“The police assaulted and beat me until I agreed to co-operate,” the former Brits golf caddy says. “They put my head inside a car tyre tube and covered my face so I couldn’t breathe. Then they beat me with a hosepipe and broomstick. They tortured us for two days, also with electric shocks, to make us confess. They said they wouldn’t stop torturing us unless we told the magistrate what they said. In the end, I signed the statement they gave me.”

Two weeks before the conclusion of their nine-month trial, Khanye was subjected to suffering of a different order: His 55-year-old father, Elsas, had a fatal heart attack and the “high-risk offender” was not allowed to attend his funeral.

“The police kept saying I was the murderer and I was very badly assaulted,” Moyo recalls. “They gave me a statement and told me what to say but I refused. I was at a 21st party in Polokwane. I knew nothing about the murder and had never been to Mothutlung. I brought three people to testify who were at the party. It didn’t make any difference. The court accepted three statements of Accused Number One which all contradicted each other…”

When the men arrived at Kgosi Mampuru C-Max after sentencing, they claim they were forced to strip naked, assaulted, shocked with electric shock shields and tortured for no apparent reason in front of female warders. After their transfer to Kokstad’s eBongweni C-Max prison, designed to house the country’s most dangerous criminals, they were assaulted and tortured again.

Throughout their ordeal, Khanye and Moyo leant heavily on Molaudzi for emotional and practical guidance as they struggled to obtain their transcripts that were needed to appeal their case. Eight years after their conviction, prison warder Levy Maphakane took pity on Molaudzi and asked the WJP for help. Prior to this, the Legal Aid advocate who initially represented Molaudzi claimed his office burnt down and he’d lost all his records.

After a second Legal Aid advocate failed to find the records, Molaudzi, Khanye and Nkosi’s families raised R18,000 between them and paid private attorneys to find the records, even though indigent inmates are entitled to these documents at State expense. When the attorneys eventually delivered the transcripts two years later, more than half the 1,023 page record – including the most crucial evidence – was missing. “We didn’t commit a crime,” Molaudzi says, “a crime was committed against us…”

After repeated requests, Leeuw finally agreed to retranscribe the records and the men were in a position to appeal their case – a constitutional right and a delay Justice Edwin Cameron subsequently described as “egregious”. Their appeal was dismissed by a full bench of the NW High Court. Subsequent Supreme Court appeals were also dismissed without reason.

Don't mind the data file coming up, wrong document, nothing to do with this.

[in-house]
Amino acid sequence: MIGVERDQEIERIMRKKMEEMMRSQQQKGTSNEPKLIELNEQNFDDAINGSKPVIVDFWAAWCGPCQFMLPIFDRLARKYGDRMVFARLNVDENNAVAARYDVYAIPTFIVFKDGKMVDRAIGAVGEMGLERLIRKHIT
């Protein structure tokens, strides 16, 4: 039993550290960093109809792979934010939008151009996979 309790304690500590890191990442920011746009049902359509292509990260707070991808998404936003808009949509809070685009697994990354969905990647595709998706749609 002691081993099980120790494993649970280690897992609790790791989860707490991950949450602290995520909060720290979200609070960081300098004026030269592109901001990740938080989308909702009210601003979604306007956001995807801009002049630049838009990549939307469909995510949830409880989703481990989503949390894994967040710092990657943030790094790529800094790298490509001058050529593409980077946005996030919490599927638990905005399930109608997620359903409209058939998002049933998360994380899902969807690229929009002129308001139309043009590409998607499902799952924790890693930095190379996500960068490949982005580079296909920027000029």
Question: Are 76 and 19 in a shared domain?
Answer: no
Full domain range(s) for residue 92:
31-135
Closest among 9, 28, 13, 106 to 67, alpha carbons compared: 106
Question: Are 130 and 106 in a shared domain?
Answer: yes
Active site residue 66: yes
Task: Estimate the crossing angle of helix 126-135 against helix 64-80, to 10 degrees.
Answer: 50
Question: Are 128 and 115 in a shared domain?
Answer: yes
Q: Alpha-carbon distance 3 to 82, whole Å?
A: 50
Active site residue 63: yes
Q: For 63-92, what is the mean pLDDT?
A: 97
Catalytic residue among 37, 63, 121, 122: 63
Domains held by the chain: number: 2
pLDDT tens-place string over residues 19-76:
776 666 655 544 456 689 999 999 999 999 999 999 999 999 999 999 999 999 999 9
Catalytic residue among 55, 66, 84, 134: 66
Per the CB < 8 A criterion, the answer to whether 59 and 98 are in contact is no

Despite Molaudzi’s indefatigable personality and constant attempts to buoy their spirits, the men were growing increasingly despondent. Mhlongo had twice attempted to end his life and a third attempt landed him in a six-month coma. “There were many times when I lost hope and thought I can’t continue – especially when Boswell tried to commit suicide,” Moyo says. “He left a note telling his mother it was better for him to die. I felt the same. If it weren’t for my mom who stood by me and my son, Jimmy, who is now 14, I’d have killed myself long ago…

Clearly, Dingaan Makuna and his family were not the only victims of a monstrous crime.

Unlike Moyo, Khanye never saw his mother for two years before his release: “I didn’t want her to visit. Every time she came she cried the whole time until visiting hour was over. I disappointed my whole family. If I wasn’t in this mess, maybe my father would still be alive?”

Fourteen years later, five men and their families are proof of the human cost of judicial error, the fallibility of an increasingly dysfunctional criminal justice system and the fact that not only guilty people find themselves behind bars – especially if they’re poor. “It’s not only me and Victor in prison for nothing,” Khanye says. “There are many, many others….” Sometimes truth is stranger than fiction.

Carolyn Raphaely is a senior journalist with the Wits Justice Project (WJP) based in Wits Journalism in the School of Literature, Language and Media (SLLM) at Wits University.

This article was originally published in the Daily Maverick - an independently owned, private company with no affiliation to any other media group. Read the original article.